World Parkinson’s day 2016, Parkinson’s disease symptoms, dementia, rosacea risk, and hepatitis C

Monday April 11 is World Parkinson’s Day 2016, which addresses topics such as Parkinson’s disease symptoms, dementia, and Parkinson’s disease in relation to other health conditions, including rosacea and hepatitis C. Here are Bel Marra Health’s tops stories regarding Parkinson’s disease, so you can keep yourself informed about this progressive neurological disease.

Parkinson’s disease symptomsParkinson’s disease symptoms, falls reduced by common dementia drug, and simple home remedies

Parkinson’s disease symptoms and falls can be reduced by common dementia drug along with simple home remedies. Researchers have found that a common dementia drug may help prevent debilitating falls in Parkinson’s disease. The findings showed that Parkinson’s disease patients who were given the oral drug rivastigmine were 45 percent less likely to fall and were steadier when walking, compared to individuals who received a placebo.


At least 70 percent of Parkinson’s disease patients will experience a fall at least once a year and many patients will suffer from recurrent falls, which result in fractures, broken bones, and hospital visits.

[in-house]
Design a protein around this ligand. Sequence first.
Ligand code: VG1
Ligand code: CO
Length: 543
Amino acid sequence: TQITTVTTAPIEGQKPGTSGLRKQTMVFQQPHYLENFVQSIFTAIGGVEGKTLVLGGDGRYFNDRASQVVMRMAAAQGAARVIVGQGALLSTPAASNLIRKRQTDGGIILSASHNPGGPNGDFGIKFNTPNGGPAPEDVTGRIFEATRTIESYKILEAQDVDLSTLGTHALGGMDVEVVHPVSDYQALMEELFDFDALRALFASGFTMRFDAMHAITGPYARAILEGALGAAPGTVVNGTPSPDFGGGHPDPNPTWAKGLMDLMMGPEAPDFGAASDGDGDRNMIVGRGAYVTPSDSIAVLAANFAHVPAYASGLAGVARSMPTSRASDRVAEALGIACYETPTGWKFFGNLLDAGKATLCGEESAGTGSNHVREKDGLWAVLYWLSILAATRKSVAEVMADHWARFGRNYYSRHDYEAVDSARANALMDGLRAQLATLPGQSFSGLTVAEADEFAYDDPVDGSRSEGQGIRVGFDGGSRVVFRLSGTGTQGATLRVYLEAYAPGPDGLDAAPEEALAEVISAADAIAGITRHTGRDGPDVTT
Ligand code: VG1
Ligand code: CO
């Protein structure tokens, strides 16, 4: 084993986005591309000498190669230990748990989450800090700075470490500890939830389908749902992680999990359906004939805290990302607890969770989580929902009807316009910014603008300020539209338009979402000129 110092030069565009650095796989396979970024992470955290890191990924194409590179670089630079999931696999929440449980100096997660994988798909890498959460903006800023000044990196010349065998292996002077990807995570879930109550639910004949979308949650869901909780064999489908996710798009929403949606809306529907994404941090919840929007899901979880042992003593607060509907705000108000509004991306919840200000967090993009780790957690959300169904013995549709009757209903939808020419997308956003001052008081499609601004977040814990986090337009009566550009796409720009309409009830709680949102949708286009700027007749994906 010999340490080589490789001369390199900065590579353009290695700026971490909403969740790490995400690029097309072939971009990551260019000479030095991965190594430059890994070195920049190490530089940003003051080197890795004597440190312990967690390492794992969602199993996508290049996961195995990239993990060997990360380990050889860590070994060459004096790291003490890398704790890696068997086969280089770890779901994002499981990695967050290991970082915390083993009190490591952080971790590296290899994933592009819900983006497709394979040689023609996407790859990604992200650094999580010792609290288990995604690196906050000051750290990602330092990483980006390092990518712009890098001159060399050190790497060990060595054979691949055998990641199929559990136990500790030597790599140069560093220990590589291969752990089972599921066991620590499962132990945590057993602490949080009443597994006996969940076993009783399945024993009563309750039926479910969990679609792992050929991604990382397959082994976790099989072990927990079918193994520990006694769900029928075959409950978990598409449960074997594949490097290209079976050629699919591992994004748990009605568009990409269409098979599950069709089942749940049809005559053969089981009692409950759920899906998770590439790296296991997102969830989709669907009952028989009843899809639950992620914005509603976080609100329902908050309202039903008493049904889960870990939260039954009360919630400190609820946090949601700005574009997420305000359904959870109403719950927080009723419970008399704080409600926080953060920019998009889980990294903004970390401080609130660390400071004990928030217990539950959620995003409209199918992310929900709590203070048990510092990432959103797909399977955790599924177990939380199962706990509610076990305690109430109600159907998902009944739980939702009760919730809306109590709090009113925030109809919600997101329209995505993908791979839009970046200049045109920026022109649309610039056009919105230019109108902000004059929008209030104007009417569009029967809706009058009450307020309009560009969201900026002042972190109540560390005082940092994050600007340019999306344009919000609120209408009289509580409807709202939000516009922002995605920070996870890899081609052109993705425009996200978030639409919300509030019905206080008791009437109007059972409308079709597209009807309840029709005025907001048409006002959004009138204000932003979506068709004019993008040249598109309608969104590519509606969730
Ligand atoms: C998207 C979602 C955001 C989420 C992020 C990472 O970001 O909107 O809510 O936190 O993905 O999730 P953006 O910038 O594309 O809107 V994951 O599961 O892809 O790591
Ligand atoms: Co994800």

Researcher Dr. Emily Henderson said, “”With the degeneration of dopamine-producing nerve cells, people with Parkinson’s often have issues with unsteadiness when walking. As part of the condition, they also have lower levels of acetylcholine, a chemical which helps us to concentrate – making it extremely difficult to pay attention to walking… We already know that rivastigmine works to treat dementia by preventing the breakdown of acetylcholine, however, our study shows for the first time that it can also improve regularity of walking, speed, and balance. This is a real breakthrough in reducing the risk of falls for people with Parkinson’s.”

The researchers studied 130 Parkinson’s patients who had fallen in the past year. Half of them were given rivastigmine and the other half received a placebo.

“People affected by Parkinson’s, their carers, and health and social care professionals have said that preventing falls and improving balance is the biggest unmet need for people living with the condition, other than finding a cure,” explained Dr. Arthur Roach. Continue reading…